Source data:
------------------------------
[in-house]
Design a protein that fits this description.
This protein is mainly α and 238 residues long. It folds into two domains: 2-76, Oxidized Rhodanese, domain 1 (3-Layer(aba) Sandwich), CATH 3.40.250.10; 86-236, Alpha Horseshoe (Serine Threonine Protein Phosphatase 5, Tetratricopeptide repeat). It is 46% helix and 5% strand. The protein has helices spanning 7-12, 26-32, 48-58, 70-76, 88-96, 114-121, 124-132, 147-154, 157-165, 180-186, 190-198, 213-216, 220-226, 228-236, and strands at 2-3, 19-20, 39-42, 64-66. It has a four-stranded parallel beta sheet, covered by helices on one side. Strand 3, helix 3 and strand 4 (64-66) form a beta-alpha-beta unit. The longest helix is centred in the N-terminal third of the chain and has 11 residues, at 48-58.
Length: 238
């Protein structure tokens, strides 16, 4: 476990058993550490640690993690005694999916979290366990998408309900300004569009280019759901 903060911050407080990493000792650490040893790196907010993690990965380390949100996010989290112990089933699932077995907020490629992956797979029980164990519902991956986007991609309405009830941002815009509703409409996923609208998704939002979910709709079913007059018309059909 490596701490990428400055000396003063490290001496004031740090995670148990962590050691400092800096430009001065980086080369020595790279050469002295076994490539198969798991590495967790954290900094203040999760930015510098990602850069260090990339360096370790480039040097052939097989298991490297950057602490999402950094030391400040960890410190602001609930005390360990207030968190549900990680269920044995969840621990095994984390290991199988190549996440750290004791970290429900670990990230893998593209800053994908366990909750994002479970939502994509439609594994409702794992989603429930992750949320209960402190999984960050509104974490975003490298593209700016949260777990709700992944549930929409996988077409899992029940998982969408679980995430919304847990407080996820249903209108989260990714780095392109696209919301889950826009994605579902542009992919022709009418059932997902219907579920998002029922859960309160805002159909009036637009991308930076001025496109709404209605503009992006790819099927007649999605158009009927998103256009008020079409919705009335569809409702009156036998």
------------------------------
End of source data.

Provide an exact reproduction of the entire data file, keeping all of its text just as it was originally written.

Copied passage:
[in-house]
Design a protein that fits this description.
This protein is mainly α and 238 residues long. It folds into two domains: 2-76, Oxidized Rhodanese, domain 1 (3-Layer(aba) Sandwich), CATH 3.40.250.10; 86-236, Alpha Horseshoe (Serine Threonine Protein Phosphatase 5, Tetratricopeptide repeat). It is 46% helix and 5% strand. The protein has helices spanning 7-12, 26-32, 48-58, 70-76, 88-96, 114-121, 124-132, 147-154, 157-165, 180-186, 190-198, 213-216, 220-226, 228-236, and strands at 2-3, 19-20, 39-42, 64-66. It has a four-stranded parallel beta sheet, covered by helices on one side. Strand 3, helix 3 and strand 4 (64-66) form a beta-alpha-beta unit. The longest helix is centred in the N-terminal third of the chain and has 11 residues, at 48-58.
Length: 238
């Protein structure tokens, strides 16, 4: 476990058993550490640690993690005694999916979290366990998408309900300004569009280019759901 903060911050407080990493000792650490040893790196907010993690990965380390949100996010989290112990089933699932077995907020490629992956797979029980164990519902991956986007991609309405009830941002815009509703409409996923609208998704939002979910709709079913007059018309059909 490596701490990428400055000396003063490290001496004031740090995670148990962590050691400092800096430009001065980086080369020595790279050469002295076994490539198969798991590495967790954290900094203040999760930015510098990602850069260090990339360096370790480039040097052939097989298991490297950057602490999402950094030391400040960890410190602001609930005390360990207030968190549900990680269920044995969840621990095994984390290991199988190549996440750290004791970290429900670990990230893998593209800053994908366990909750994002479970939502994509439609594994409702794992989603429930992750949320209960402190999984960050509104974490975003490298593209700016949260777990709700992944549930929409996988077409899992029940998982969408679980995430919304847990407080996820249903209108989260990714780095392109696209919301889950826009994605579902542009992919022709009418059932997902219907579920998002029922859960309160805002159909009036637009991308930076001025496109709404209605503009992006790819099927007649999605158009009927998103256009008020079409919705009335569809409702009156036998």